Security researcher Gabriel Cirlig has discovered that Xiaomi smartphones collect from its owners pretty much all the activity data. The researcher told Forbes that personal data are being collected through the built-in browser of the phone and are being sent to remote servers.
Cirlig used a Redmi Note 8 as his regular driver, and
he found that the phone reported pretty much everything he did.
Xiaomi’s built-in web browser registered the websites he visited, the settings he
modified, the screens he swipped through, the music he was watching, and more.
Even in the supposedly private “Incognito Mode” the personal data is monitored Those data were sent to remote servers in Russia and Singapore but the Chinese tech giant Alibaba had hosted their network domains in China. Both of these were reportedly rented out by Xiaomi.
Cirlig is of the opinion that this security problem also plagues numerous other Xiaomi apps. He downloaded the Xiaomi Mi 10, Mi Mix 3, and the Redmi K20 firmware and noticed that they all had the same browser code.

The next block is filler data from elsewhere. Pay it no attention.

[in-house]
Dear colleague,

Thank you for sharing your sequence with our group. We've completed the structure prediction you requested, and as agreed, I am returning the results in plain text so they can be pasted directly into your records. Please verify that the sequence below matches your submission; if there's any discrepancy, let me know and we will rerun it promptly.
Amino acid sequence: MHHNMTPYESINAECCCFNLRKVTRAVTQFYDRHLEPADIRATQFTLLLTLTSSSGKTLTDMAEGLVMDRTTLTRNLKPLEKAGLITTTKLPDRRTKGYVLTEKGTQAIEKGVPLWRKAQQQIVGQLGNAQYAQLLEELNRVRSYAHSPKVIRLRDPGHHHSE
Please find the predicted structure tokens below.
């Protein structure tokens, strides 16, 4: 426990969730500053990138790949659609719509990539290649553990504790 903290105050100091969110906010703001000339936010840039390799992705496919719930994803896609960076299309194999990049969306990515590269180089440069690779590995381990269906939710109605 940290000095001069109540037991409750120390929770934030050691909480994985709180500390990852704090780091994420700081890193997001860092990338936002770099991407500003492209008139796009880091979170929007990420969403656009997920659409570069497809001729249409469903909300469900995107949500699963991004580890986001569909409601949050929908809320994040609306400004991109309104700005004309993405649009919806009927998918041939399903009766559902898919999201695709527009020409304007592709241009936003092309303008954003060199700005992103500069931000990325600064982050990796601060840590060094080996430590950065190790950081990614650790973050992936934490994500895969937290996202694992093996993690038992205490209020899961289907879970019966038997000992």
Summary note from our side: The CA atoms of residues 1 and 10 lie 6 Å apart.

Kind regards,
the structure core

At Forbes’ request the case was further investigated by another security researcher, Andrew Tierney. He discovered that several other internet browsers on the Google Play Store provided by Xiaomi, including Mi Browser Pro, Mint Browser, etc., were also harvesting data. Those devices have over 15 million Play Store downloads.
Originally, Xiaomi denied the discovery of the researchers and said
privacy and protection were the top priority for the company.
Earlier, a company spokesman confirmed the phones were gathering
data but said it was all encrypted and anonymised.
It took Cirlig, however, just a few seconds of easily crackable encoding to turn the garbled data into readable information. He said the data could be easily compared to a specific person.
Xiaomi had also denied that in Incognito Mode the browser was gathering data but this was also a false assertion.